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Review: ‘Je Tammy’ is cute, surprising

Freshman theatre arts major Will Vogler (left) and senior theatre arts major Carmen Lawrence (right) rehearse their lines for the play “A Game for Pete,” which was featured in the New Play Festival. The festival featured original plays written by students. Photo by Maggie Cozens  |  The Appalachian
Of the three plays at this year’s New Play Festival from Thursday through Saturday, Tyler Quick’s comedy “Je Tammy” had the most straightforward premise. A French mime named Pierre, played by sophomore Nick Newman, was to marry Tammy, his southern belle of a girlfriend played by freshman Madi Viterito.

Their marriage was complicated by Tammy’s alcoholic family, especially her oppressive mother. But, Pierre came with his own baggage.

At first, it seemed his career as a mime was the play’s primary conflict. Tammy referred to him consistently as a “clown,” and this theme of cultural disconnect started out as the play’s comedic thrust.

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The true antagonist, however, was Pierre’s psychotic ex-girlfriend Felicia, gleefully played by junior Natalie Carpenter. Initially introduced as a minor complication to the plot, Felicia’s machinations eventually became the focus of the story.

The characters in “Je Tammy” all fit established tropes and character archetypes, which at first came across as a major weakness. 

Pierre and his flamboyant mime associate Alfonse, played by freshman Ian Lawrence, spoke in ludicrously exaggerated French accents. Tammy and her also flamboyant brother Xander, played by sophomore Jerry Yelton, chugged fake alcohol and complained about their mother for almost the entire play.

Even Felicia, the biggest monkey wrench in the play’s straightforward comedic shenanigans, seemed to be there only for crude sex jokes.

That said, the play’s pervasive stereotypes didn’t detract from a number of well-executed slapstick gags, committed performances from its actors and a dark, twisted ending that put a screeching halt to the plot’s comedic formula.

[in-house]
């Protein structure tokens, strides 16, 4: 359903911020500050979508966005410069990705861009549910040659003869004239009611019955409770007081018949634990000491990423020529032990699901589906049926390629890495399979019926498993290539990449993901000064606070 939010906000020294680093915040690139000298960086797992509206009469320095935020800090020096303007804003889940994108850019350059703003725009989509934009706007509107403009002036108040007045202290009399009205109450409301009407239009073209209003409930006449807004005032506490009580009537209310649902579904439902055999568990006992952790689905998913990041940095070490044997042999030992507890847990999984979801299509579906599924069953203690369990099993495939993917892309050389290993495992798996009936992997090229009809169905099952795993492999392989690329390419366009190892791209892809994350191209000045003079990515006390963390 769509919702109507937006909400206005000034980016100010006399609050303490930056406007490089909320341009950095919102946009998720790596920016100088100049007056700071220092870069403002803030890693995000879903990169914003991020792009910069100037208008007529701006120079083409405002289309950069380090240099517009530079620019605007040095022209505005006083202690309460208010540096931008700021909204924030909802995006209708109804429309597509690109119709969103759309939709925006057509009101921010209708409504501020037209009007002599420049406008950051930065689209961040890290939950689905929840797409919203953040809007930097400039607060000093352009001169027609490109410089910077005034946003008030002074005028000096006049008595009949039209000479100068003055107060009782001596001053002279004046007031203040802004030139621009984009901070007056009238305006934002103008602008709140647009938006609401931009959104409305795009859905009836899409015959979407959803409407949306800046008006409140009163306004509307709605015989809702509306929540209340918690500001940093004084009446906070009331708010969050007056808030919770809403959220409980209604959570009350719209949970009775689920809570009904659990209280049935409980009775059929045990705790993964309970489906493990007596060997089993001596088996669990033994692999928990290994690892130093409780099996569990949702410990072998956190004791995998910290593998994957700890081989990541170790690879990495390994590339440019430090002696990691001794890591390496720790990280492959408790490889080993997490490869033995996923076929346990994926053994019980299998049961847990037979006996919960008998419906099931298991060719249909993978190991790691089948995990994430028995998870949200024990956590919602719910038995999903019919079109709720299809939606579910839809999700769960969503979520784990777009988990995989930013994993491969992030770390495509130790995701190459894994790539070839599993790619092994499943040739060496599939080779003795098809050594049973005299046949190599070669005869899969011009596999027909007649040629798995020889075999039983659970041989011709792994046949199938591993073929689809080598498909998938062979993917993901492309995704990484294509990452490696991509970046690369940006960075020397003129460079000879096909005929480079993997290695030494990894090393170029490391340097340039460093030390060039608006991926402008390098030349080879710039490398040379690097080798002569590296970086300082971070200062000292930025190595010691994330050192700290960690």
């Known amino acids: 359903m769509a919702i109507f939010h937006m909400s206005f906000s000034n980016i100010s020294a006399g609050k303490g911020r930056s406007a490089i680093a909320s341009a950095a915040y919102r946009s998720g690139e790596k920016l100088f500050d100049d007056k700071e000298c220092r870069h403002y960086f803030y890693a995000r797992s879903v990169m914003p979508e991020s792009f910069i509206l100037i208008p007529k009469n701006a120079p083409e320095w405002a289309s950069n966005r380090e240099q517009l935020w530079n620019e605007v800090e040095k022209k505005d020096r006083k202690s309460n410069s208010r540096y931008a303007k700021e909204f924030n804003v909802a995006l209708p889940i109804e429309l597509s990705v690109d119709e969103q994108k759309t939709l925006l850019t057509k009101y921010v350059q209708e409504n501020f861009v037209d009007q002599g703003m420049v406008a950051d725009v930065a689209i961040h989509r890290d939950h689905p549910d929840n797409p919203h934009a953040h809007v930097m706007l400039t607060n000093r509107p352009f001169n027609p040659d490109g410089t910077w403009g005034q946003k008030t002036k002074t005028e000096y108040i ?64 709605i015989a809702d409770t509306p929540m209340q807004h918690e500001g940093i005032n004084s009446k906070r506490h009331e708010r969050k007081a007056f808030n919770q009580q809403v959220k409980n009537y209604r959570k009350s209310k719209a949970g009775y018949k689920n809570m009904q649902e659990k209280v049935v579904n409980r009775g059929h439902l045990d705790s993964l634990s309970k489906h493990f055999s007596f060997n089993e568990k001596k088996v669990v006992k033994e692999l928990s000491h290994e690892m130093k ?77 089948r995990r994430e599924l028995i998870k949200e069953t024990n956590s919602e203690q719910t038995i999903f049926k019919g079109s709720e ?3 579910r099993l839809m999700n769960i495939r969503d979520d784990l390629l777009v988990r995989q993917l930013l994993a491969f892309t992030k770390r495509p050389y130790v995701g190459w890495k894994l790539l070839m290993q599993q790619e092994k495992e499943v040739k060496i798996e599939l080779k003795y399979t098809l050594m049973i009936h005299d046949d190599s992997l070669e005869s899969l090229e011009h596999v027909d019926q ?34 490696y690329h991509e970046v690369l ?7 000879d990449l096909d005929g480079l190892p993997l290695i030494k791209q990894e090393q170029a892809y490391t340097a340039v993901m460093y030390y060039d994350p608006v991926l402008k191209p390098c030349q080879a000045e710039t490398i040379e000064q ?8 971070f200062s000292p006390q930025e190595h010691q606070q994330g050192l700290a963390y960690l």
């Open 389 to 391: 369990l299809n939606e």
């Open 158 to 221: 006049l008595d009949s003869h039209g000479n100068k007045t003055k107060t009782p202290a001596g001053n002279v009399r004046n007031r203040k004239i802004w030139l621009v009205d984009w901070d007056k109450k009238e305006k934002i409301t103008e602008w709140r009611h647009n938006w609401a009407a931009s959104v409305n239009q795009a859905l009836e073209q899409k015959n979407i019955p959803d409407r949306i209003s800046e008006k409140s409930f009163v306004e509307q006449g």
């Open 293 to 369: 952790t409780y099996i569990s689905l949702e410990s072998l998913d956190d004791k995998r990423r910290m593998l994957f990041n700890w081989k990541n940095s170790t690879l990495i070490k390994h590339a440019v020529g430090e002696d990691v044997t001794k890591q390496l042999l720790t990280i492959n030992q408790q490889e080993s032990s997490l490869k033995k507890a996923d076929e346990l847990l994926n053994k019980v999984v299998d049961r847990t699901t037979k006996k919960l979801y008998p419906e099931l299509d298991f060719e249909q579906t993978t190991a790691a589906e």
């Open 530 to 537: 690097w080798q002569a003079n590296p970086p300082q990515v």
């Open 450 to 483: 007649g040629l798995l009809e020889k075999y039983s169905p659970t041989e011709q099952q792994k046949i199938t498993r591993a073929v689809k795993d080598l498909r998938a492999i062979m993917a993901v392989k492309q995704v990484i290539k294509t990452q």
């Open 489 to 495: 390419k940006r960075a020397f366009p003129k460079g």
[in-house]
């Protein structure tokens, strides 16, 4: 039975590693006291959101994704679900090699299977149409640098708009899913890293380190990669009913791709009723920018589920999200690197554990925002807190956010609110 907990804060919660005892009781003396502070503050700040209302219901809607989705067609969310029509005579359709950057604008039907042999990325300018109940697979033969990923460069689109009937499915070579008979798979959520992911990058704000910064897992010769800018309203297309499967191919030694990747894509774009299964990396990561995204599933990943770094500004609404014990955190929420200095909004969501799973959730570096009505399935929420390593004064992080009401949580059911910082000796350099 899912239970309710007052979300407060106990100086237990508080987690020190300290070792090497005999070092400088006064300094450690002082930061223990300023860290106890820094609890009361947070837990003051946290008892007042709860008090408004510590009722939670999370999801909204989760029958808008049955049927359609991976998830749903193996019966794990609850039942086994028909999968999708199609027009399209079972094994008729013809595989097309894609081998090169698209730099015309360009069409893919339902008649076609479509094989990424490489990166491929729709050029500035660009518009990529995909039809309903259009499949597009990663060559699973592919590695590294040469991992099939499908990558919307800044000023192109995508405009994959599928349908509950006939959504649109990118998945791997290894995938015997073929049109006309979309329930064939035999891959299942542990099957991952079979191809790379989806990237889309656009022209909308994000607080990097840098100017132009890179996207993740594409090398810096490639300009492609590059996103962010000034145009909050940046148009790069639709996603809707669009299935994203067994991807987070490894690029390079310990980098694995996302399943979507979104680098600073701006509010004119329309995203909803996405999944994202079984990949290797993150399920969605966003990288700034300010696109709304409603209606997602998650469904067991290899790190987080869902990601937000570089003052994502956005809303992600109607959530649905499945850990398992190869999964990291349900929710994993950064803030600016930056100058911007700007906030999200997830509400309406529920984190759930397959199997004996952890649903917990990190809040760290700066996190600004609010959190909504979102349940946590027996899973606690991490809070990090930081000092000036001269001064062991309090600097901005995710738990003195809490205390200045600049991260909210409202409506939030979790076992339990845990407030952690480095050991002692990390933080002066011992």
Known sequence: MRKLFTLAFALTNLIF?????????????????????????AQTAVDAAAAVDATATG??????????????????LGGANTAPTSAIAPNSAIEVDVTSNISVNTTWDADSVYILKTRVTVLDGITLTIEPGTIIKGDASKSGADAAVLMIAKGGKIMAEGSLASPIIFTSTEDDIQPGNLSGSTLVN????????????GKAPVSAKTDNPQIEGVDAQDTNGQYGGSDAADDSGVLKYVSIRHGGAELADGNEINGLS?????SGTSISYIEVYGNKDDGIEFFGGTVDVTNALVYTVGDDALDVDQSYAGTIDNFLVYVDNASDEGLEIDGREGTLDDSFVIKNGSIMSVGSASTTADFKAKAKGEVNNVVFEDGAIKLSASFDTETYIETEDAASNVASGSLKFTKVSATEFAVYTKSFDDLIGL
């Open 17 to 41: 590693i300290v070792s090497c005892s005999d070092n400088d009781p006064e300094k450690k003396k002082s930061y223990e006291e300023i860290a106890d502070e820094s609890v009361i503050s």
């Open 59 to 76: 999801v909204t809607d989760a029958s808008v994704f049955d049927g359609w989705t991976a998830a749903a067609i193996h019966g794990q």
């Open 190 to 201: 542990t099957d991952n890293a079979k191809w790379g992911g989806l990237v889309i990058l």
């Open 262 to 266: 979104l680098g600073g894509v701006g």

One of the best gags was when Tammy’s mother, extravagantly played by senior Katie Hickling, mistook Pierre’s makeup bag for her own. In a drunken stupor, she smeared mime makeup across her face and stumbled to the wedding, much to her children’s amusement.

Viterito and Yelton played off each other extremely well in these scenes. They tackled their characters’ combination of realism and over-the-top farce with poise and gently played humor. Viterito especially stole the show, and carried some of the more ludicrous moments, such as the pitch-black final scene.

Felicia had grown more and more unhinged by the end, buying her own wedding dress for Pierre’s wedding and killing his cat Pepe to drive Tammy and Pierre apart.

In the show’s final moments, Felicia emerged from her hiding place in Pierre’s kitchen to confront Tammy with a knife. After an impassioned fight, Felicia forced Tammy to the ground and literally stabbed her in the back, ending the play.

It was an abrupt, jarring ending to an otherwise low-stakes screwball comedy, but it nonetheless left a grin on much of the audience’s faces. Seeing the plot’s conventional progression completely derailed was genuinely fun, especially considering Viterito and Carpenter’s commitment to the explosively silly climax.

Overall, “Je Tammy” was a lot like its title, a cute, naïve joke that was charming and surprising nonetheless.

REVIEW: COLIN MOORE, Senior A&E Reporter
Photo: MAGGIE COZENS, Senior Photographer

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